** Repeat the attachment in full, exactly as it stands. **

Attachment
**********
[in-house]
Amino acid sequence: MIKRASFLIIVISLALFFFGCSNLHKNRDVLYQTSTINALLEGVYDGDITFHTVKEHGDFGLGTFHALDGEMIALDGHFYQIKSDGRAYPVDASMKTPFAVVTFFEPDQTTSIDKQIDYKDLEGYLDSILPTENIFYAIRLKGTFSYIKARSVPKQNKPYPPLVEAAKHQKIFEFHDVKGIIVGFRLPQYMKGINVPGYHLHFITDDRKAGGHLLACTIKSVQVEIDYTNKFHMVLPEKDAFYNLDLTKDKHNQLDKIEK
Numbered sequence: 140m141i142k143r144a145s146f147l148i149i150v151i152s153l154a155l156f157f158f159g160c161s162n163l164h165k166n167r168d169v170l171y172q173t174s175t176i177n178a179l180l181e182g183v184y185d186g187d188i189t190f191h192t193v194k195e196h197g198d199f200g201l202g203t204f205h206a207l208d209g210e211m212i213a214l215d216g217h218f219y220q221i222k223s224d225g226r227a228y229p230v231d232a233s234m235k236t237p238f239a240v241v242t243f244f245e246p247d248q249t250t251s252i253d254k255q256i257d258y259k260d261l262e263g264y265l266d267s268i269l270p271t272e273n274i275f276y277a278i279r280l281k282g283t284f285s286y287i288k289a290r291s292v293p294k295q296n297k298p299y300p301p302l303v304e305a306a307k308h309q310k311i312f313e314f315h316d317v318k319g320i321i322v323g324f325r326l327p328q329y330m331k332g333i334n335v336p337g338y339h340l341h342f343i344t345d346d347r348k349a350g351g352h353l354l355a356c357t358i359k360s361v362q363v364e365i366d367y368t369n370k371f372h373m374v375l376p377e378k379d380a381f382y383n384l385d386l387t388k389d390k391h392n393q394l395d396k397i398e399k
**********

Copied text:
[in-house]
Amino acid sequence: MIKRASFLIIVISLALFFFGCSNLHKNRDVLYQTSTINALLEGVYDGDITFHTVKEHGDFGLGTFHALDGEMIALDGHFYQIKSDGRAYPVDASMKTPFAVVTFFEPDQTTSIDKQIDYKDLEGYLDSILPTENIFYAIRLKGTFSYIKARSVPKQNKPYPPLVEAAKHQKIFEFHDVKGIIVGFRLPQYMKGINVPGYHLHFITDDRKAGGHLLACTIKSVQVEIDYTNKFHMVLPEKDAFYNLDLTKDKHNQLDKIEK
Numbered sequence: 140m141i142k143r144a145s146f147l148i149i150v151i152s153l154a155l156f157f158f159g160c161s162n163l164h165k166n167r168d169v170l171y172q173t174s175t176i177n178a179l180l181e182g183v184y185d186g187d188i189t190f191h192t193v194k195e196h197g198d199f200g201l202g203t204f205h206a207l208d209g210e211m212i213a214l215d216g217h218f219y220q221i222k223s224d225g226r227a228y229p230v231d232a233s234m235k236t237p238f239a240v241v242t243f244f245e246p247d248q249t250t251s252i253d254k255q256i257d258y259k260d261l262e263g264y265l266d267s268i269l270p271t272e273n274i275f276y277a278i279r280l281k282g283t284f285s286y287i288k289a290r291s292v293p294k295q296n297k298p299y300p301p302l303v304e305a306a307k308h309q310k311i312f313e314f315h316d317v318k319g320i321i322v323g324f325r326l327p328q329y330m331k332g333i334n335v336p337g338y339h340l341h342f343i344t345d346d347r348k349a350g351g352h353l354l355a356c357t358i359k360s361v362q363v364e365i366d367y368t369n370k371f372h373m374v375l376p377e378k379d380a381f382y383n384l385d386l387t388k389d390k391h392n393q394l395d396k397i398e399k